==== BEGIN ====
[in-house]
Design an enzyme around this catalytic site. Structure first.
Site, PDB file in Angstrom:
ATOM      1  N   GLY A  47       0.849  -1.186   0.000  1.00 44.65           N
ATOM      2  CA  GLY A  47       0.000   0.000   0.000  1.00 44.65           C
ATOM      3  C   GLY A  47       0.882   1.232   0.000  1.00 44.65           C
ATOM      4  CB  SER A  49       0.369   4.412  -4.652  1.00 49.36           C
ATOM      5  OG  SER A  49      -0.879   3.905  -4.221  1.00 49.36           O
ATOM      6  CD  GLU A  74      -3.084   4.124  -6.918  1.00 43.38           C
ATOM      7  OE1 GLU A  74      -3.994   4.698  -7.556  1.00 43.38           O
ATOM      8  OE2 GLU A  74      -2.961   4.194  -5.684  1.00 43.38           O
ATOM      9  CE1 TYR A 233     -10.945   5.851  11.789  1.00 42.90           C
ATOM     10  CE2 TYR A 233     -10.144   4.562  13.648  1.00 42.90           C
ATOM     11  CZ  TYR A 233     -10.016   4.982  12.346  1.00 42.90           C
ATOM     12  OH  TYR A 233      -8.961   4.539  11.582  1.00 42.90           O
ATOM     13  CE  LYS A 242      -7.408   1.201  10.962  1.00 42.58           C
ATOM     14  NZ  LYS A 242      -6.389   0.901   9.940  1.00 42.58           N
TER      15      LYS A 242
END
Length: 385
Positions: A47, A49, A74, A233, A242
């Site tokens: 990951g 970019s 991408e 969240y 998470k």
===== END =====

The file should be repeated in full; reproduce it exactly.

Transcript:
[in-house]
Design an enzyme around this catalytic site. Structure first.
Site, PDB file in Angstrom:
ATOM      1  N   GLY A  47       0.849  -1.186   0.000  1.00 44.65           N
ATOM      2  CA  GLY A  47       0.000   0.000   0.000  1.00 44.65           C
ATOM      3  C   GLY A  47       0.882   1.232   0.000  1.00 44.65           C
ATOM      4  CB  SER A  49       0.369   4.412  -4.652  1.00 49.36           C
ATOM      5  OG  SER A  49      -0.879   3.905  -4.221  1.00 49.36           O
ATOM      6  CD  GLU A  74      -3.084   4.124  -6.918  1.00 43.38           C
ATOM      7  OE1 GLU A  74      -3.994   4.698  -7.556  1.00 43.38           O
ATOM      8  OE2 GLU A  74      -2.961   4.194  -5.684  1.00 43.38           O
ATOM      9  CE1 TYR A 233     -10.945   5.851  11.789  1.00 42.90           C
ATOM     10  CE2 TYR A 233     -10.144   4.562  13.648  1.00 42.90           C
ATOM     11  CZ  TYR A 233     -10.016   4.982  12.346  1.00 42.90           C
ATOM     12  OH  TYR A 233      -8.961   4.539  11.582  1.00 42.90           O
ATOM     13  CE  LYS A 242      -7.408   1.201  10.962  1.00 42.58           C
ATOM     14  NZ  LYS A 242      -6.389   0.901   9.940  1.00 42.58           N
TER      15      LYS A 242
END
Length: 385
Positions: A47, A49, A74, A233, A242
């Site tokens: 990951g 970019s 991408e 969240y 998470k």